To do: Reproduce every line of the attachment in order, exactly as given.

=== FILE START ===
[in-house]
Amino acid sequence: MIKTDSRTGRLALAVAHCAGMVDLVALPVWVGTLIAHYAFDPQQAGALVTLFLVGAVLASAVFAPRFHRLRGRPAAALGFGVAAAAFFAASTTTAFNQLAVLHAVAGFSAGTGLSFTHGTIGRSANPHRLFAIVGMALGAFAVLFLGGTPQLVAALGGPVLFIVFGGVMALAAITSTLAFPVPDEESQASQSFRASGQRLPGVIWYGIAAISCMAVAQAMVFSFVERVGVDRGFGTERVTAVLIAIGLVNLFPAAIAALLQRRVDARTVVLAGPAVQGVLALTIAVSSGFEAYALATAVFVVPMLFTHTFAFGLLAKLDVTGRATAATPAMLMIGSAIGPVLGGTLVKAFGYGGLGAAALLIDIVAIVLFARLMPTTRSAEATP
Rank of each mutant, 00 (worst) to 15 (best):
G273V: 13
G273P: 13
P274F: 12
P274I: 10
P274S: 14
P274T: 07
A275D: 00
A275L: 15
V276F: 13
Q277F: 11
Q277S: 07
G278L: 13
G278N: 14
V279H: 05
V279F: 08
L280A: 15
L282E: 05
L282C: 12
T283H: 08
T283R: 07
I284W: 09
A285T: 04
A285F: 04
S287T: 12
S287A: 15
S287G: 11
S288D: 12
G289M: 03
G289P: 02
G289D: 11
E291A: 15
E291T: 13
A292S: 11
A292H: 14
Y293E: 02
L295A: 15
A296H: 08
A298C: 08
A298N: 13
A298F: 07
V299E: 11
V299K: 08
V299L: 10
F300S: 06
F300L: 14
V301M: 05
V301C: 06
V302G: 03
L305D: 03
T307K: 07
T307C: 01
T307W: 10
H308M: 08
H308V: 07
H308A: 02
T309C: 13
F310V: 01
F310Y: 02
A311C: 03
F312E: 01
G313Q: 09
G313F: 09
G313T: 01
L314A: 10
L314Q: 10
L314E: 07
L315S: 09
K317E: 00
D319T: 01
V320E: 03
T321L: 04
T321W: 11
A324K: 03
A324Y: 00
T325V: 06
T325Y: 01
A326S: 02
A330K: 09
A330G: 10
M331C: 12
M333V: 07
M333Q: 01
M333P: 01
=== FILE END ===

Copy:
[in-house]
Amino acid sequence: MIKTDSRTGRLALAVAHCAGMVDLVALPVWVGTLIAHYAFDPQQAGALVTLFLVGAVLASAVFAPRFHRLRGRPAAALGFGVAAAAFFAASTTTAFNQLAVLHAVAGFSAGTGLSFTHGTIGRSANPHRLFAIVGMALGAFAVLFLGGTPQLVAALGGPVLFIVFGGVMALAAITSTLAFPVPDEESQASQSFRASGQRLPGVIWYGIAAISCMAVAQAMVFSFVERVGVDRGFGTERVTAVLIAIGLVNLFPAAIAALLQRRVDARTVVLAGPAVQGVLALTIAVSSGFEAYALATAVFVVPMLFTHTFAFGLLAKLDVTGRATAATPAMLMIGSAIGPVLGGTLVKAFGYGGLGAAALLIDIVAIVLFARLMPTTRSAEATP
Rank of each mutant, 00 (worst) to 15 (best):
G273V: 13
G273P: 13
P274F: 12
P274I: 10
P274S: 14
P274T: 07
A275D: 00
A275L: 15
V276F: 13
Q277F: 11
Q277S: 07
G278L: 13
G278N: 14
V279H: 05
V279F: 08
L280A: 15
L282E: 05
L282C: 12
T283H: 08
T283R: 07
I284W: 09
A285T: 04
A285F: 04
S287T: 12
S287A: 15
S287G: 11
S288D: 12
G289M: 03
G289P: 02
G289D: 11
E291A: 15
E291T: 13
A292S: 11
A292H: 14
Y293E: 02
L295A: 15
A296H: 08
A298C: 08
A298N: 13
A298F: 07
V299E: 11
V299K: 08
V299L: 10
F300S: 06
F300L: 14
V301M: 05
V301C: 06
V302G: 03
L305D: 03
T307K: 07
T307C: 01
T307W: 10
H308M: 08
H308V: 07
H308A: 02
T309C: 13
F310V: 01
F310Y: 02
A311C: 03
F312E: 01
G313Q: 09
G313F: 09
G313T: 01
L314A: 10
L314Q: 10
L314E: 07
L315S: 09
K317E: 00
D319T: 01
V320E: 03
T321L: 04
T321W: 11
A324K: 03
A324Y: 00
T325V: 06
T325Y: 01
A326S: 02
A330K: 09
A330G: 10
M331C: 12
M333V: 07
M333Q: 01
M333P: 01